What has helped lift prices is expansion into foreign markets, Putnam said. He estimates about 17% of the alfalfa produced by the seven western states—California, Arizona, Nevada, Oregon, Washington, Utah and Idaho—is exported, with China, Japan, Korea, Taiwan and Saudi Arabia being major buyers.

"For hay producers, particularly those in the Imperial Valley and the Intermountain area, exports have been a welcome relief, as we've had so much profitability problems on our dairies in California," Putnam said.

Hay shipments to China, however, have cooled after the country imposed retaliatory tariffs last summer on a list of American products in reaction to ongoing trade disputes with the U.S. Some of that lost business, Putnam said, has been offset by growth in the Saudi Arabian market, which he estimates has the potential to reach 4.7 million metric tons per year. California, he noted, produces about 5 million to 5.5 million metric tons a year.

Though much of the hay exported to Saudi Arabia currently comes from the U.S., with some California farms producing primarily for that market, other countries are jumping in, Putnam said. U.S. competitors may also try to take advantage of the opportunity in the Chinese market in light of the tariffs on U.S. hay. Even with these caveats, Putnam said he expects California hay exports will continue to grow and that demand in China is long term.

San Joaquin County grower Bob Ferguson acknowledged the export market has been "a nice outlet to move hay," but he said the shuttering of local dairies leaves him wondering about his own future growing alfalfa. For now, he has kept his alfalfa acreage about the same. Current prices aren't bad, he said, but supplies have been slower to move, especially hay that's not top quality, as dairy farmers have become "very creative with how they blend" their rations.

"We've got cheap commodities right now," Ferguson said. "Corn, wheat and safflower are all cheap. Why do they have to pay top dollar for alfalfa?"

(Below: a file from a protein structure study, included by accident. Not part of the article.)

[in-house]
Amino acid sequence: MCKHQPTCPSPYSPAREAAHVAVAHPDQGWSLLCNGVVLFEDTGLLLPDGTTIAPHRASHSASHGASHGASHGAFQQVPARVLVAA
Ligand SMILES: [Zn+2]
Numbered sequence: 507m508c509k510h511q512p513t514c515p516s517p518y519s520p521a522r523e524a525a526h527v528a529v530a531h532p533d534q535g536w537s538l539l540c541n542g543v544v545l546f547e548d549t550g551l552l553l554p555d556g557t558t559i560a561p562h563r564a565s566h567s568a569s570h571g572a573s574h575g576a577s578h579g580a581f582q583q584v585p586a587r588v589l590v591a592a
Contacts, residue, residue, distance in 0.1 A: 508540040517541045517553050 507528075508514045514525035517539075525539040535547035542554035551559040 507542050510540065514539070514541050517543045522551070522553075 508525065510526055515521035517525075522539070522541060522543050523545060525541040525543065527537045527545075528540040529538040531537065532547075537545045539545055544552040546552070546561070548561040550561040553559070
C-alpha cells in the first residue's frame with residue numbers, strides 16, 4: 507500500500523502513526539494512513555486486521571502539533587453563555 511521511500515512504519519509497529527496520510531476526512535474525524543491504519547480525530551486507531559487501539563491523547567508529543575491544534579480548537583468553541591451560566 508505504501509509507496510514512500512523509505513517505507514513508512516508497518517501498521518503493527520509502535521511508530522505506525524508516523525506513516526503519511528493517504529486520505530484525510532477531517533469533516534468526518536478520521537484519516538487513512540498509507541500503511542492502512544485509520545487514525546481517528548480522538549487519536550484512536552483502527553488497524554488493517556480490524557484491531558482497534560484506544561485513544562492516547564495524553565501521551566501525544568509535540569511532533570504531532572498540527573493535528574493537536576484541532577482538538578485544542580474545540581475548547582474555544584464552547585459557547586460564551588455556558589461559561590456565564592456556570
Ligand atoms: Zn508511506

Kern County grower Travis Fugitt said he reduced his alfalfa acreage in large part because of water availability in his region, including limits on flood irrigation. Putting alfalfa on drip, he said, adds another $400 an acre, which he said is "not very appealing." Though he still has "quite a bit of alfalfa left," he said those plantings will "eventually all come out and be replaced." He's already devoted some of that ground to a new crop: hemp.

"Today, the price (of alfalfa) is strong enough that it's worth having alfalfa, but with the dairies in the condition that they're in, they're not the most reliable buyers right now," he said.

He said he expects alfalfa prices will remain strong "for a little while" due to lower supplies, because so many farmers have removed the crop to plant more orchards and vegetables. But with hay exports to China taking a hit and dairies being squeezed for cash, Fugitt said growing alfalfa remains "real dicey."

"It pays the bills and puts money in the bank, but it's not what it used to be," he said. "You used to count on it as your cash flow throughout the growing season for your other higher-risk crops. Now, you can't really do that as much."

(Ching Lee is an assistant editor of Ag Alert. She may be contacted at

Permission for use is granted, however, credit must be made to the California Farm Bureau Federation when reprinting this item.